By Nicole Schmidt
For most of my childhood, I was the awkward looking kid in class photos. I had a mop of ratty hair that was too thick to brush and I was the heaviest girl in my grade.
I hated my body and I hated myself even more. When I was 10, I stopped eating.
Food made me feel guilty. I was convinced that it would destroy my body—like poison. Every time I stood in front of a mirror I’d pinch my thighs or my arms, wishing I could cut off the extra fat with a knife. I spent countless hours sitting on the bathroom floor in the dark, letting the anger, the self-pity and the uncontainable sadness I felt hit me like a punch to the stomach.
Even after my sixth-grade self lost more than 20 pounds, I wasn’t happy. Insecurities trailed behind me throughout my teens and into my adult life. From time to time, they still catch up and knock me to the ground again.
The negativity that accompanies how we see our physical selves isn’t new. We’re warned about unrealistic ideals surrounding thinness and muscularity, about airbrushing and about the dangers of eating disorders. We’re told to ignore it, to accept how we look and to be happy with ourselves. But it’s not that easy.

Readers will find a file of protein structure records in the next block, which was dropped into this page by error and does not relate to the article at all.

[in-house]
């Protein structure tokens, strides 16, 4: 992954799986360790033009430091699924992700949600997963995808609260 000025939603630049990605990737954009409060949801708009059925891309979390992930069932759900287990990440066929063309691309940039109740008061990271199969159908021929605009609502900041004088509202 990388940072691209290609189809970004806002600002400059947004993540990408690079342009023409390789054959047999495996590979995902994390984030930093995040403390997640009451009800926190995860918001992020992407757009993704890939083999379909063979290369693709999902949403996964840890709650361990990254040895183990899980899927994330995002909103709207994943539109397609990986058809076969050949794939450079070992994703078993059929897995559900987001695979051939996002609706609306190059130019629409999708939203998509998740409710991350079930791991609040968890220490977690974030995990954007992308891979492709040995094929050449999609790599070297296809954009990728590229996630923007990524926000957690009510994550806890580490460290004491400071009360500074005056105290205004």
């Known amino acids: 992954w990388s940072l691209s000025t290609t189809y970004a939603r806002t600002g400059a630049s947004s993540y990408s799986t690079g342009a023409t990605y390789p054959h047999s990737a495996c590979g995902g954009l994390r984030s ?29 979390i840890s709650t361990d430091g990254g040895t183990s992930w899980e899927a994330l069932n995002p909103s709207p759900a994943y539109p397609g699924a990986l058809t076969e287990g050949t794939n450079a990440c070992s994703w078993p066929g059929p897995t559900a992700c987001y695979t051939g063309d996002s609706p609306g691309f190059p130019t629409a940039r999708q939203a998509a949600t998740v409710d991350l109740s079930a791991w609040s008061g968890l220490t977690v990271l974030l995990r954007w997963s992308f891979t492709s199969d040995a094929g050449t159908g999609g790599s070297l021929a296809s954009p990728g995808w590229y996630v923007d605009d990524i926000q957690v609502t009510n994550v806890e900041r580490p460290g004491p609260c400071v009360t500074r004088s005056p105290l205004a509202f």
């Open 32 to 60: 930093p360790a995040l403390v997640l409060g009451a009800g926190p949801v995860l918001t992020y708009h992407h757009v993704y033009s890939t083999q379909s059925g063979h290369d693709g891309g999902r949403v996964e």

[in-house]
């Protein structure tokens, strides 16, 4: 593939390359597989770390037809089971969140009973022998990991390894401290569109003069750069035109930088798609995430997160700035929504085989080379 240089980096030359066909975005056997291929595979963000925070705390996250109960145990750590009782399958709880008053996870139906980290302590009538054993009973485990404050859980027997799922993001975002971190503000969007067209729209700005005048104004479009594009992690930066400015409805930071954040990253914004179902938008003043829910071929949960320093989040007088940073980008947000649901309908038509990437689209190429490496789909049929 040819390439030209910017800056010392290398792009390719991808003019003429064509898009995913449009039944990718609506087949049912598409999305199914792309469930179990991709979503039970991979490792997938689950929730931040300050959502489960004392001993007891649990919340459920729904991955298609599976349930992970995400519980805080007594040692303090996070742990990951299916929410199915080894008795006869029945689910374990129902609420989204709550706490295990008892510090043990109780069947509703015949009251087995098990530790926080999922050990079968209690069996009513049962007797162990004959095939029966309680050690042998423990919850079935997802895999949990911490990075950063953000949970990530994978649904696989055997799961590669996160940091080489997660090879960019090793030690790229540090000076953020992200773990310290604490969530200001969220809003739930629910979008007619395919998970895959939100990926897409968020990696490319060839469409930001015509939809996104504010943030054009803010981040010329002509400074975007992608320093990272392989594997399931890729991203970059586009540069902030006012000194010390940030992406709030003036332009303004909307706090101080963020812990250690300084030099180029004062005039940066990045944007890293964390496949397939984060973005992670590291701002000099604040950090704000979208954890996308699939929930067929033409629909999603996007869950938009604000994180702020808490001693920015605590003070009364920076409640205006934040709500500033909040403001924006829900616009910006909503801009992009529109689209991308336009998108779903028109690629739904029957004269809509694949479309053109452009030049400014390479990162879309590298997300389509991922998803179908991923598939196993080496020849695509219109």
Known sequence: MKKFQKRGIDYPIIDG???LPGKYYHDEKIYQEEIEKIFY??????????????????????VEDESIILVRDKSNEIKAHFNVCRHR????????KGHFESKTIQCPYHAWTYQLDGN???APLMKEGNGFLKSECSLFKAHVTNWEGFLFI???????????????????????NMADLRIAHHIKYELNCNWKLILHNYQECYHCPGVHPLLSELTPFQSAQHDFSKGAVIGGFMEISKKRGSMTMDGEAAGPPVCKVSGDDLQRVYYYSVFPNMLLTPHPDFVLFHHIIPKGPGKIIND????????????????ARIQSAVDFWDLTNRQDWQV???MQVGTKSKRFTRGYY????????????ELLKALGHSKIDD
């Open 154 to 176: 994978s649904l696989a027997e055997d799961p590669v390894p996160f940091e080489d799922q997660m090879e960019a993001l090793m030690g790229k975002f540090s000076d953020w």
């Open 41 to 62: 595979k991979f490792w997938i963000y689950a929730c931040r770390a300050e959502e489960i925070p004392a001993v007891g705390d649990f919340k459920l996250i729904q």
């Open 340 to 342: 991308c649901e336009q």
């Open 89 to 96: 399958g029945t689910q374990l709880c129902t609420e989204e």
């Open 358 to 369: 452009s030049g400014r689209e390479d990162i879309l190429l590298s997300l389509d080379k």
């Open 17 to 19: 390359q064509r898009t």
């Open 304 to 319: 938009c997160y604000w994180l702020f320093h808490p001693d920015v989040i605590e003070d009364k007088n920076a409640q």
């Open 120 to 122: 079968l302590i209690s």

The Public Health Agency of Canada estimates that about 35 per cent of young people with a healthy weight feel like their body is the wrong size, while other studies have cited numbers as high as 75 per cent. Sally Willis-Stewart, director of the Nutritional Education Center at UBC, told the CBC that post-secondary students are some of the most prone to eating disorders and image problems.
The general consensus, at least among everyone I’ve ever talked to, is that there’s always going to be a desire for self-improvement. Maybe that stems from societal pressures, or maybe it’s because everyone else seems to hate something about themselves, too. Tall people want to be shorter, short people want to be taller; women with big hips want to be smaller and women without wish they had more curves.
Being appreciative of what we have is so much more difficult when we’re only focused on what we want. We’re never content and we constantly belittle ourselves, but campaigns like #RyeBodyPosi, as you’ll read about in our communities section, can start to push us in the right direction.
A hashtag can’t undo years of self-inflicted harm, but it can give us a reason to start a conversation. Perhaps more importantly, it’s a reason to support each other.
I can’t say I’ve ever been satisfied with my appearance and I’m not sure I ever will be. But I’ve learned to love myself more than I used to, because my body doesn’t define me.